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Is there anyone who knows, and want to help, how to show that this is true $\sum_{k=0}^{\infty}\frac{x^{3k}}{(3k)!} = \frac{1}{3} e^x + \frac{2}{3} e^{-\frac{x}{2}} \cos\left(\frac{\sqrt{3}}{2} x\right)$ ?

I know that $\sum_{k=0}^{\infty}\frac{x^{k}}{k!}= e^x$, but how to use it I don't know. I can't find my lecture notes so it is like that.

I'm thankful for your help.

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  • $\begingroup$ Use $\cos y=\frac12(e^y+e^{-y})$. $\endgroup$ – Angina Seng Jan 5 '18 at 16:55
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    $\begingroup$ @LordSharktheUnknown you forgot the $i$'s $\endgroup$ – Shashi Jan 5 '18 at 16:56
  • $\begingroup$ @LordSharktheUnknown that looks more like $\cosh(x)$ $\endgroup$ – Henry Jan 5 '18 at 16:57
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Outline: Differentiate three times and notice that the series satisfies $y'''=y$. Then solve that differential equation, and match with the conditions $y(0)=1$ and $y'(0)=y''(0)=0$, that you get by looking at the coefficients of the series.

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  • $\begingroup$ $\sum_{k=0}^{\infty}[\frac{1}{x^3 (3k-3)!}-\frac{1}{(3k)!} ]x^{3k} -1 = 0$ is this in the right direction? This is what I get when trying to solve y'''-y=0 $\endgroup$ – 123 Jan 5 '18 at 17:30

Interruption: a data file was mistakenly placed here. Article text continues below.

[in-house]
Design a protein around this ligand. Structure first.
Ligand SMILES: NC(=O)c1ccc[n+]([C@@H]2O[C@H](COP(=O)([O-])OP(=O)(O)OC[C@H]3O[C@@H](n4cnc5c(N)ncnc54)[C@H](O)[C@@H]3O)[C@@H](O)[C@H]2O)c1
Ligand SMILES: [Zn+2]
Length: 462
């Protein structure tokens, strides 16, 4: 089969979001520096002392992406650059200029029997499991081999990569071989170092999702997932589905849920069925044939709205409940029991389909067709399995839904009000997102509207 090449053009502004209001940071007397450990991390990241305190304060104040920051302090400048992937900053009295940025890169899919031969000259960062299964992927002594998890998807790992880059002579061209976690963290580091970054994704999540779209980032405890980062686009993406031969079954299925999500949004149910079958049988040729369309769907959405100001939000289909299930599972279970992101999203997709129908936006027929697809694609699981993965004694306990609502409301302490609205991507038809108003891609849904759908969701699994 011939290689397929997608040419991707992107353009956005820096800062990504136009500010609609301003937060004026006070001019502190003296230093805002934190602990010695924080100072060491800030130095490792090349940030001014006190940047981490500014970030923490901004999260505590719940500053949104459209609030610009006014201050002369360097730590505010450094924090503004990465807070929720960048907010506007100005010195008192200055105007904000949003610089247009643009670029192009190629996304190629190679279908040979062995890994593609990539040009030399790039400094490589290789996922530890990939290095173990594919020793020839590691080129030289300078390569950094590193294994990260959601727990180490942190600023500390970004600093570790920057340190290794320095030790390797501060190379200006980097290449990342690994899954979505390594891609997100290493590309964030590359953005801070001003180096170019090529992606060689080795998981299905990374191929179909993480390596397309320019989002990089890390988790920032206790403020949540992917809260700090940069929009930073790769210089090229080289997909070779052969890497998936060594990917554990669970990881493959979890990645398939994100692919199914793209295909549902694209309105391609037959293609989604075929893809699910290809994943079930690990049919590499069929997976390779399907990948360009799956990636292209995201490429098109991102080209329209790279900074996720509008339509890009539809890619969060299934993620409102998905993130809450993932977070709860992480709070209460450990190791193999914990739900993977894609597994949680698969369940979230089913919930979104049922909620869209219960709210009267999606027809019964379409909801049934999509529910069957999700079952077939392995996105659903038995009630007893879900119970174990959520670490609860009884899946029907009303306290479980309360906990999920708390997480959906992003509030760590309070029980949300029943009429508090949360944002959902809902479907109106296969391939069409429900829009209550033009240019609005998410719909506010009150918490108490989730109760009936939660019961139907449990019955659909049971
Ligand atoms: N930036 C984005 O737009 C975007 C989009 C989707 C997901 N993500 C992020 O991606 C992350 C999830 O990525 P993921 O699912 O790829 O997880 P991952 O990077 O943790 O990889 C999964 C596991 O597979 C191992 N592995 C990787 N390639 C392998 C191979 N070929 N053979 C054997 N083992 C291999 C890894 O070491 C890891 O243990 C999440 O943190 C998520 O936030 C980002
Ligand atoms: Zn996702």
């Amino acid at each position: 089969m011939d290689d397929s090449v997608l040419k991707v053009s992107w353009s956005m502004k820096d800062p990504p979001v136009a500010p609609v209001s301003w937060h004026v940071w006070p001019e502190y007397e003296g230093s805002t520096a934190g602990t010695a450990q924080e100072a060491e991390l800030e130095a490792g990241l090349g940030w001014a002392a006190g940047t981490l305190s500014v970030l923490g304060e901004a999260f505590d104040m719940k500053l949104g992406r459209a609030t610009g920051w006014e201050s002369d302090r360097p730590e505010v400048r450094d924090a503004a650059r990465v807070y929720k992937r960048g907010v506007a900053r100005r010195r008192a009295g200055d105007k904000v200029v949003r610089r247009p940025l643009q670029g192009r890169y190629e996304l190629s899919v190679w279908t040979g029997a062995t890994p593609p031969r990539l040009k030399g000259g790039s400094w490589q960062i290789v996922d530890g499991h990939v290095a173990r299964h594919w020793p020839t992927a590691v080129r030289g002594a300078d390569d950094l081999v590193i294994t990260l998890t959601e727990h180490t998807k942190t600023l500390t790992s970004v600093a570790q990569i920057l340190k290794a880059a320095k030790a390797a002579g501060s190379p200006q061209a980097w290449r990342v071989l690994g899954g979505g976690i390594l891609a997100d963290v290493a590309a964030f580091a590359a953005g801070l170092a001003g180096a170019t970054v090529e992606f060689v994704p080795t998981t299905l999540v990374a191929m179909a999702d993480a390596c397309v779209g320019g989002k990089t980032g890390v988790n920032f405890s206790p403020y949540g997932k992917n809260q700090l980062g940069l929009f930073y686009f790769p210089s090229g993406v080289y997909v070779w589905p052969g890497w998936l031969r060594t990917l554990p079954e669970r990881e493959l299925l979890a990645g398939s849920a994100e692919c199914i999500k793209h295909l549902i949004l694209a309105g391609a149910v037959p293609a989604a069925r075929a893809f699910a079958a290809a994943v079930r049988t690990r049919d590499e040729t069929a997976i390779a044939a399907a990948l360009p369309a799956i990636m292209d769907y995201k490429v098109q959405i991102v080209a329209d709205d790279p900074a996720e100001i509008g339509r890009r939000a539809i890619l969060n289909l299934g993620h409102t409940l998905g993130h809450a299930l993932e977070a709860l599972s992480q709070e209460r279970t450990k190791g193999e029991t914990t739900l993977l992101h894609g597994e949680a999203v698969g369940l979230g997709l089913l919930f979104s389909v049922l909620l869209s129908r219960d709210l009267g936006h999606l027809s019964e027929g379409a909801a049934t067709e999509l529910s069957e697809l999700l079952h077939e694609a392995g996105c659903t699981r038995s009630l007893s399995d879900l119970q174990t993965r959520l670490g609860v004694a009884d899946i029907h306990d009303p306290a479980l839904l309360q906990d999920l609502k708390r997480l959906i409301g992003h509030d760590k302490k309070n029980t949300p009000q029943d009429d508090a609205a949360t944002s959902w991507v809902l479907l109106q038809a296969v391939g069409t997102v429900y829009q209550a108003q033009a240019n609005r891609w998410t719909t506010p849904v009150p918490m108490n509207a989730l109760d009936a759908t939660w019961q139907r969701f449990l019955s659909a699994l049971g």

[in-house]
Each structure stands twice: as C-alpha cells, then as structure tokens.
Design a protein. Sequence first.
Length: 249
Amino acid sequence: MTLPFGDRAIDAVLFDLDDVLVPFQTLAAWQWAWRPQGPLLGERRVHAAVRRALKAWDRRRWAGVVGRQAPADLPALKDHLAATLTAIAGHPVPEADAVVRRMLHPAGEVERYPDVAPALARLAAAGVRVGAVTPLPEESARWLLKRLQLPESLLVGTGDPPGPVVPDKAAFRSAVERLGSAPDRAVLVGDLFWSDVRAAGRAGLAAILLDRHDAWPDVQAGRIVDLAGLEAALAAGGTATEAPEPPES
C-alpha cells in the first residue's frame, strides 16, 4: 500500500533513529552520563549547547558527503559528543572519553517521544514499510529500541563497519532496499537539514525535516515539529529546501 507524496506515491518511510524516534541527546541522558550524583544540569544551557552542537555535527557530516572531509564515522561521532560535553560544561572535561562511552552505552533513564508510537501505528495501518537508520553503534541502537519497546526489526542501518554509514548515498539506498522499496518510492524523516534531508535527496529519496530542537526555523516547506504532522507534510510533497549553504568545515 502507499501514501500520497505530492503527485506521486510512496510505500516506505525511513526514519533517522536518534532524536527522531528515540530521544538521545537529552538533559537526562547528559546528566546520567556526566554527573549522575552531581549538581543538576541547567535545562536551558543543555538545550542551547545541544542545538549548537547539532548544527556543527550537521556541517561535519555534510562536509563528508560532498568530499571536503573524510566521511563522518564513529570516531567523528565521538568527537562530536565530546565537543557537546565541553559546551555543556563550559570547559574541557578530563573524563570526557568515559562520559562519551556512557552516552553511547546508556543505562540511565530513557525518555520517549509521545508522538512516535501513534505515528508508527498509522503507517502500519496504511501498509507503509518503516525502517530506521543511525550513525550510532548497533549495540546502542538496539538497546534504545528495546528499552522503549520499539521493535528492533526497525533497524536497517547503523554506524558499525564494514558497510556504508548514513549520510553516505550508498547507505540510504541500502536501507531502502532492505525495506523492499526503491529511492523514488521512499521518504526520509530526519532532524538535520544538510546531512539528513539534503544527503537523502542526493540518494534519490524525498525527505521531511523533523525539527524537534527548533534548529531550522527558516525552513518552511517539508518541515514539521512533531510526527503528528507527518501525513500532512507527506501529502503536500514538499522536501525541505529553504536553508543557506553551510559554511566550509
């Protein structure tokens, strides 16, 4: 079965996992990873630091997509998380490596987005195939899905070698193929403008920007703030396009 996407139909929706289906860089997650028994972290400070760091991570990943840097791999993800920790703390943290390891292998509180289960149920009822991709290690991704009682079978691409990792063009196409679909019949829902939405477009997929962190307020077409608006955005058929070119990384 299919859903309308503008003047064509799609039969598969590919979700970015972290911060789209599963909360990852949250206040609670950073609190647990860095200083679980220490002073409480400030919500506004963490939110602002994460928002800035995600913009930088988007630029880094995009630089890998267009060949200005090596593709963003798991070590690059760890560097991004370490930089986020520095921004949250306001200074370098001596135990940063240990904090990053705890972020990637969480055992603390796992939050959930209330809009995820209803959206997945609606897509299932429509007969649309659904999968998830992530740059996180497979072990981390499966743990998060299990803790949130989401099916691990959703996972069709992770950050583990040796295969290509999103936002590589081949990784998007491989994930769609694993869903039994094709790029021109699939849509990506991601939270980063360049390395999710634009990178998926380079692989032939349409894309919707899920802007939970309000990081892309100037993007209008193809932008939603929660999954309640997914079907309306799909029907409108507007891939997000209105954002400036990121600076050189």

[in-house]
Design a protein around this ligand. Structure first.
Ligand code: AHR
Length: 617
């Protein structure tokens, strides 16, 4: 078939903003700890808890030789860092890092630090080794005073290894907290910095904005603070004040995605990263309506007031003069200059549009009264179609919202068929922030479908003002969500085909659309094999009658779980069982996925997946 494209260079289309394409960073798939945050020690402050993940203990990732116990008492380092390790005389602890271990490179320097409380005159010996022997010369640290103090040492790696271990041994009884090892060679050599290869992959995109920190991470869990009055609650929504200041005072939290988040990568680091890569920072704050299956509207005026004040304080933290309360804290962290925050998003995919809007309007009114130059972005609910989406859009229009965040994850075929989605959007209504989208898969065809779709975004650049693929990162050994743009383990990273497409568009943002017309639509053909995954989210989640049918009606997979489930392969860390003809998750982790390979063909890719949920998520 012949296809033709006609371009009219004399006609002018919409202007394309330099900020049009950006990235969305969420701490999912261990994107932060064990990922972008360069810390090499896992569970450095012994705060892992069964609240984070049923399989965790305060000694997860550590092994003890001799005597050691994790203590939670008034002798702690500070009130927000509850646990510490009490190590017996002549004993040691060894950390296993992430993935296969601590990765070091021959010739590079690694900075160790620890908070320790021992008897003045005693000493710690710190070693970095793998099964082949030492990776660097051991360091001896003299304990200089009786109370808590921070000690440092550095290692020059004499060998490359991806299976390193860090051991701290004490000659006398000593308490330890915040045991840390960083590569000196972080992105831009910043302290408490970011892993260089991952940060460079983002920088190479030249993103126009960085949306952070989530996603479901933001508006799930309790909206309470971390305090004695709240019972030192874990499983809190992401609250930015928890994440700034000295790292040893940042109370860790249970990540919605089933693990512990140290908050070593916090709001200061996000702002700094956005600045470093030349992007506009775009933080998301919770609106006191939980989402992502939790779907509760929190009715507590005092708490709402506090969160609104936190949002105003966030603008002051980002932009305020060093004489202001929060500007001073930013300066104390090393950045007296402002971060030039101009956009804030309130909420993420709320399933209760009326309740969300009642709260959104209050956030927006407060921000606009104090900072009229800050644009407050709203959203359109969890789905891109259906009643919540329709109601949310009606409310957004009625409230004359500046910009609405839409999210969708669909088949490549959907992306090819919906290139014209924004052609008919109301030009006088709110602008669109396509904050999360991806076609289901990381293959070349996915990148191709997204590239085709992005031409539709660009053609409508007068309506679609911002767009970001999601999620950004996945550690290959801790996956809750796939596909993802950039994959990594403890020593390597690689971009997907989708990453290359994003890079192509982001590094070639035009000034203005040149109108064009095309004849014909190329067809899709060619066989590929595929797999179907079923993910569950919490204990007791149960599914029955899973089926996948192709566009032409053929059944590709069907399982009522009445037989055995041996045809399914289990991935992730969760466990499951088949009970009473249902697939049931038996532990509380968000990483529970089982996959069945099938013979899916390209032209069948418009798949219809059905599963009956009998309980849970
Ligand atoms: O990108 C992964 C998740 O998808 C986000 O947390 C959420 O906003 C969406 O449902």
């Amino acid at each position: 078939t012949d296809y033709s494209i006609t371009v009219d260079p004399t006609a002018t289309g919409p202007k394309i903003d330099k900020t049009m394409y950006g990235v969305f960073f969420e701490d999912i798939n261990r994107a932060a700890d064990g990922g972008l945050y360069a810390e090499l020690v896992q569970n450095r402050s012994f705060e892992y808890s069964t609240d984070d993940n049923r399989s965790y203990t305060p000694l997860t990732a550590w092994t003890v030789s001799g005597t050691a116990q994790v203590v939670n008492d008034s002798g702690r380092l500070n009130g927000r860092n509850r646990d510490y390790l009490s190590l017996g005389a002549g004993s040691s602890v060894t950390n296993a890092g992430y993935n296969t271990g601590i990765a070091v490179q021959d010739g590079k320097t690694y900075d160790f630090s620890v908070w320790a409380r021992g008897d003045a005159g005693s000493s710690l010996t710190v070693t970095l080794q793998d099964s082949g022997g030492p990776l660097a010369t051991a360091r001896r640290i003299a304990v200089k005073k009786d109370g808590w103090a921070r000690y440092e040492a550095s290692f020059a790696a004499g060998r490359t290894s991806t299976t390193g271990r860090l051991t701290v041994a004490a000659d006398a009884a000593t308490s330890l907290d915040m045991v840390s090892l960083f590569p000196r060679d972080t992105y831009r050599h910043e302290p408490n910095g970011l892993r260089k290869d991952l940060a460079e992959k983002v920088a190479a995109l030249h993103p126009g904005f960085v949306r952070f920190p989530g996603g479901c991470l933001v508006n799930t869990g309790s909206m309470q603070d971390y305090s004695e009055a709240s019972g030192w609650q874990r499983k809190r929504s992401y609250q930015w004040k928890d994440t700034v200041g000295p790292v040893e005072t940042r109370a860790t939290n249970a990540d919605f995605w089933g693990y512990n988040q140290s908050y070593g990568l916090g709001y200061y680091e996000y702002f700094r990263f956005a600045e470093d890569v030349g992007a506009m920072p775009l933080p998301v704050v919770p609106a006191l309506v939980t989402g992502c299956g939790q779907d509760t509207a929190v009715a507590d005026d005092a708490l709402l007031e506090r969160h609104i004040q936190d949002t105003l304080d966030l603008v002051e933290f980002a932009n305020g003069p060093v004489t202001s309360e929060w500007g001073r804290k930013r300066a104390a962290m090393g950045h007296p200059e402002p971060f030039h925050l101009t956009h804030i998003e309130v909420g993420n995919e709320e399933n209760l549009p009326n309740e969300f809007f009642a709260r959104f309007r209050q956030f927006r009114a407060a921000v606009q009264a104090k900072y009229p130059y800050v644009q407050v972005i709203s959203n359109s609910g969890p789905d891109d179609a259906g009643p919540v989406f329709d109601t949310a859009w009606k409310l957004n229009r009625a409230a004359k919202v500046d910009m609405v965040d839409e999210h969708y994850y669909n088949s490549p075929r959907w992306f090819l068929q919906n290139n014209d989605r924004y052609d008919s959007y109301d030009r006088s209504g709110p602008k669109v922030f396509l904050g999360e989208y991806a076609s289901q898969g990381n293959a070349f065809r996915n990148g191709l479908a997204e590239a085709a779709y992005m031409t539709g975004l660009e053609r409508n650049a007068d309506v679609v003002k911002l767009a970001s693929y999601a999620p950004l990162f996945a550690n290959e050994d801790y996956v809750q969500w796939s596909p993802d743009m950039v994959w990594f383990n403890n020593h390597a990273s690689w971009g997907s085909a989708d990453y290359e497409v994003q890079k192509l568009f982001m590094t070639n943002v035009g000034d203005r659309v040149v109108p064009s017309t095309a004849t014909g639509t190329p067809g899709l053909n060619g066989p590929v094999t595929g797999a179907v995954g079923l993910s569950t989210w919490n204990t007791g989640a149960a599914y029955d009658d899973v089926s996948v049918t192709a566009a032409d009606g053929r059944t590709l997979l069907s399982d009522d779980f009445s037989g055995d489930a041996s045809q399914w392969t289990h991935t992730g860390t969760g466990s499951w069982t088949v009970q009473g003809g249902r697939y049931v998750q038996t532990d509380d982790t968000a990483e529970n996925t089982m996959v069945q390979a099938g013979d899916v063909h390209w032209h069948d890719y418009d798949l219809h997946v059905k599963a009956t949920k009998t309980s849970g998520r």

• $\begingroup$ If not then I try again. $\endgroup$ – 123 Jan 5 '18 at 17:32
  • $\begingroup$ You probably have solved that kind of differential equation before. It is linear and homogeneous. Use the method of characteristic equation. $\endgroup$ – mickep Jan 5 '18 at 17:41
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    $\begingroup$ @potete I think using the characteristic polynomial will be better than that. Just solve $\lambda^3-1=0$ you will get three different lambda's and your solution will be $$y=Ae^{\lambda_1 x}+Be^{\lambda_2 x} +Ce^{\lambda_3 x} $$ don't forget to make your solution real. Using series is circular. $\endgroup$ – Shashi Jan 5 '18 at 17:45
  • $\begingroup$ You need to find the complex roots. $\endgroup$ – mickep Jan 5 '18 at 18:05
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Outline: Let $\omega = \exp(2\pi i/3) = -1/2 + i\sqrt3/2$. Apply the exponential series to $\exp(x) + \exp(\omega x) + \exp(\omega^2x)$. Since $\omega^3 = 1$ and $1 + \omega + \omega^2 = 0$, the result is $3$ times the series you're interested in.

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  • $\begingroup$ My friend, I don't see why you apply the first thing to exp(x)+exp(wx)+exp(w^2 x) $\endgroup$ – 123 Jan 5 '18 at 17:38

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